SciELO - Scientific Electronic Library Online

vol.16 número22010 o Ano do Pulmão: O capítulo europeuPneumonia adquirida na comunidade numa unidade de cuidados intensivos índice de autoresíndice de assuntospesquisa de artigos
Home Pagelista alfabética de periódicos  

Serviços Personalizados




Links relacionados

  • Não possue artigos similaresSimilares em SciELO


Revista Portuguesa de Pneumologia

versão impressa ISSN 0873-2159

Rev Port Pneumol v.16 n.2 Lisboa abr. 2010


Comparison of interferon-γ release assay and tuberculin test for screening in healthcare workers


José Torres Costa 1,2,3, Rui Silva 1,2,3, Raul Sá 1, Maria João Cardoso 4, Carla Ribeiro 1, Albert Nienhaus 5


1 Occupational Health Division

2 Allergy and Clinical Immunology Division, Hospital São João, Alameda Professor Hernâni Monteiro, Porto–Portugal

3 Faculty of Medicine, Porto University, Alameda Professor Hernâni Monteiro, Porto-Portugal

4 Hospital São João, Clinical Pathology Division, Alameda Professor Hernâni Monteiro, Porto–Portugal

5 Accidents Insurance and Prevention in the Health and Welfare Services, Hamburg, Germany





Healthcare workers (HCWs) have an increased risk of tuberculosis (TB). Screening for latent tuberculosis infection and active TB is therefore essential in infection control programs. Tuberculin skin test (TST) and Interferon-ƒÁ Release Assay (IGRA) were used simultaneously in 1686 HCWs between May 2007 and April 2009. A chest X-ray was performed in order to exclude active TB when TST was .10mm or IGRA was positive and in HCWs with TB contact or symptoms. IGRA was positive in 33.1% and TST was >10mm in 78.3% of the HCWs. The proportionof positive IGRA results increased with the TST diameter. In those with a TST >15mm, 49.2% were IGRA positive. TST was more than twice as often positive than the IGRA. Therefore, TST+/IGRA- results were more often observed than concordant negative or positive results. In none of the HCWs with a TST+/IGRA- result active TB was diagnosed during the study period. Repeated BCG vaccination increased the number of TST+/IGRA- discordance.

The smaller the interval after BCG vaccination, the higher was the TST+/IGRA- discordance.

In the screened HCWs population, active TB was diagnosed in 9. At the time of diagnosis TST and IGRA were positive in all active TB cases. The study period covers 24 months, therefore the average annual incidence rate was 268/100 000.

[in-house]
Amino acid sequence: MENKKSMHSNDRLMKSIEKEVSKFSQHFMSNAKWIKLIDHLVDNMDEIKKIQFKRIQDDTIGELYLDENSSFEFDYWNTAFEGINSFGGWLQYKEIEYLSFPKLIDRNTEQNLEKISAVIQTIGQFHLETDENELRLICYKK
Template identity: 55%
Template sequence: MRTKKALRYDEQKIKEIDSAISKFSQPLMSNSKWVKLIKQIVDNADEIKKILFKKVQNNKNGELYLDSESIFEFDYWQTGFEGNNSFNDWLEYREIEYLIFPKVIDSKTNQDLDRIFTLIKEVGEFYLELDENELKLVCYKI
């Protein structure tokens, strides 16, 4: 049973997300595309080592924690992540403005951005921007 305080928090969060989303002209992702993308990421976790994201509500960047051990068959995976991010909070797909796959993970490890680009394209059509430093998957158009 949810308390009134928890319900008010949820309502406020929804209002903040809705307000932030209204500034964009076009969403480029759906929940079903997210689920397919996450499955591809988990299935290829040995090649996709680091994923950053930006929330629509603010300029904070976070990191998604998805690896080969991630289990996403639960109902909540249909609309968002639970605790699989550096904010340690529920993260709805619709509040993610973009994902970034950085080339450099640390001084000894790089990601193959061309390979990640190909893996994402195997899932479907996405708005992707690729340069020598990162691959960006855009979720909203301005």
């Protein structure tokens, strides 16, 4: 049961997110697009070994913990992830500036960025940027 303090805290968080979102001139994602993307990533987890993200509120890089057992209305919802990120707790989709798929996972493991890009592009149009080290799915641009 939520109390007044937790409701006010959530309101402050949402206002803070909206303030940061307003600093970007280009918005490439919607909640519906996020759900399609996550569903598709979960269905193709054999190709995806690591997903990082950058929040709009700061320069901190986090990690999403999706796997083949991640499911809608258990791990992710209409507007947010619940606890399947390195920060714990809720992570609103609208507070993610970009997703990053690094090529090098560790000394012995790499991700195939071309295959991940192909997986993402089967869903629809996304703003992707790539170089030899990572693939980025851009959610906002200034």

TB burden in HCWs in Portugal is high. Considering the limitations that TST and IGRA present, the best solution seems to be the use of both, using the IGRA higher specificity for confirming a positive TST, taking advantage of the best characteristics of each test.

Key-words: Tuberculosis, healthcare workers, tuberculin skin test, interferon-γ release assay, Portugal.


Comparação do teste de libertação do interferão –γ e da prova de tuberculina no rastreio de profissionais de saúde


Os profissionais de saúde (PS) têm um risco aumentado de tuberculose. O rastreio da tuberculose latente e da tuberculose activa é portanto essencial nos programas de controlo de infecção. Entre Maio de 2007 e Abril de 2009, foram utilizados simultaneamente a prova de tuberculina (PT) e o teste de libertação do interferão-ã (IGRA) em 1686 PS. Quando PT ≥10mm ou IGRA positivo, e em PS com contacto com tuberculose ou sintomáticos, foi realizada uma radiografia torácica para excluir tuberculose activa. O IGRA foi positivo em 33,1% e a PT foi >10mm em 78.3% dos PS. A proporção de resultados IGRA positivos aumentou com o diâmetro da PT. Nos PS com PT >15mm, 49.2% são IGRA positivos. A PT foi positiva em mais do dobro dos casos do IGRA. Assim, foram observados mais frequentemente resultados PT+/IGRA- do que resultados concordantes negativos ou positivos. Em nenhum PS com resultado PT+/IGRA- foi diagnosticada tuberculose activa durante o período do estudo. A vacinação repetida pelo BCG aumentou o número de casos discordantes PT+/IGRA -. Quanto menor o intervalo após a vacinação pelo BCG, maior a discordância PT+/IGRA -.